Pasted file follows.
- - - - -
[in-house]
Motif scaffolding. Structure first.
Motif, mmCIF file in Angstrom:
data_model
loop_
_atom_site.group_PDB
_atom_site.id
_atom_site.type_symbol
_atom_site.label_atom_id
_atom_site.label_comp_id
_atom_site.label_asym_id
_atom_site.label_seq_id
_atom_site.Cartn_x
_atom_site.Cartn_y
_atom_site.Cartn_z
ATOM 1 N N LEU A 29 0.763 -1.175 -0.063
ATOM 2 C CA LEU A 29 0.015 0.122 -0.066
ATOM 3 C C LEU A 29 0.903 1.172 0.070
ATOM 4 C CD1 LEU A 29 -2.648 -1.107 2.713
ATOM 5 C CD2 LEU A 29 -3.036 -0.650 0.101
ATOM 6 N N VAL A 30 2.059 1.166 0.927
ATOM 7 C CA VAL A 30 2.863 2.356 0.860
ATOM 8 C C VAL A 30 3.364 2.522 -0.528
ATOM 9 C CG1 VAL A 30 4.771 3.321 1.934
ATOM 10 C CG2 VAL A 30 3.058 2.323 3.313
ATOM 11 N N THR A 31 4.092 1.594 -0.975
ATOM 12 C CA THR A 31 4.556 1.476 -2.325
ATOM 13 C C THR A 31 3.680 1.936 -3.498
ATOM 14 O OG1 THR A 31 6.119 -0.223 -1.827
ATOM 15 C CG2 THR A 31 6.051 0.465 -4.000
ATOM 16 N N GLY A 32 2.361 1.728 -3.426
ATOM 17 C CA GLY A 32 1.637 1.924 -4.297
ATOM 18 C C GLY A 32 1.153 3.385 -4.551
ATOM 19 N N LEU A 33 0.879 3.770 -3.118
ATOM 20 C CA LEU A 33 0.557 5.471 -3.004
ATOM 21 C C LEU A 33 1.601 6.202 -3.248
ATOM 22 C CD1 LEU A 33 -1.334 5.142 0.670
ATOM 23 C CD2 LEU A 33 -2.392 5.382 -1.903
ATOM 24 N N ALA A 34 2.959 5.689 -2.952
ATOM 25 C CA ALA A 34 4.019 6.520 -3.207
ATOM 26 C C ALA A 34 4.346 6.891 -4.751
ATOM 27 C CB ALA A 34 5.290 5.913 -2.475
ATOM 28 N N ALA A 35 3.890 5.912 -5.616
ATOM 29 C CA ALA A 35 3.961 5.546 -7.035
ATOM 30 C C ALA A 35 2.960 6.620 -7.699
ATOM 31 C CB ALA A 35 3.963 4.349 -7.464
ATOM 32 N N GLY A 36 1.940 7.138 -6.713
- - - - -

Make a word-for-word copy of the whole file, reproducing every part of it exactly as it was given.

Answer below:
[in-house]
Motif scaffolding. Structure first.
Motif, mmCIF file in Angstrom:
data_model
loop_
_atom_site.group_PDB
_atom_site.id
_atom_site.type_symbol
_atom_site.label_atom_id
_atom_site.label_comp_id
_atom_site.label_asym_id
_atom_site.label_seq_id
_atom_site.Cartn_x
_atom_site.Cartn_y
_atom_site.Cartn_z
ATOM 1 N N LEU A 29 0.763 -1.175 -0.063
ATOM 2 C CA LEU A 29 0.015 0.122 -0.066
ATOM 3 C C LEU A 29 0.903 1.172 0.070
ATOM 4 C CD1 LEU A 29 -2.648 -1.107 2.713
ATOM 5 C CD2 LEU A 29 -3.036 -0.650 0.101
ATOM 6 N N VAL A 30 2.059 1.166 0.927
ATOM 7 C CA VAL A 30 2.863 2.356 0.860
ATOM 8 C C VAL A 30 3.364 2.522 -0.528
ATOM 9 C CG1 VAL A 30 4.771 3.321 1.934
ATOM 10 C CG2 VAL A 30 3.058 2.323 3.313
ATOM 11 N N THR A 31 4.092 1.594 -0.975
ATOM 12 C CA THR A 31 4.556 1.476 -2.325
ATOM 13 C C THR A 31 3.680 1.936 -3.498
ATOM 14 O OG1 THR A 31 6.119 -0.223 -1.827
ATOM 15 C CG2 THR A 31 6.051 0.465 -4.000
ATOM 16 N N GLY A 32 2.361 1.728 -3.426
ATOM 17 C CA GLY A 32 1.637 1.924 -4.297
ATOM 18 C C GLY A 32 1.153 3.385 -4.551
ATOM 19 N N LEU A 33 0.879 3.770 -3.118
ATOM 20 C CA LEU A 33 0.557 5.471 -3.004
ATOM 21 C C LEU A 33 1.601 6.202 -3.248
ATOM 22 C CD1 LEU A 33 -1.334 5.142 0.670
ATOM 23 C CD2 LEU A 33 -2.392 5.382 -1.903
ATOM 24 N N ALA A 34 2.959 5.689 -2.952
ATOM 25 C CA ALA A 34 4.019 6.520 -3.207
ATOM 26 C C ALA A 34 4.346 6.891 -4.751
ATOM 27 C CB ALA A 34 5.290 5.913 -2.475
ATOM 28 N N ALA A 35 3.890 5.912 -5.616
ATOM 29 C CA ALA A 35 3.961 5.546 -7.035
ATOM 30 C C ALA A 35 2.960 6.620 -7.699
ATOM 31 C CB ALA A 35 3.963 4.349 -7.464
ATOM 32 N N GLY A 36 1.940 7.138 -6.713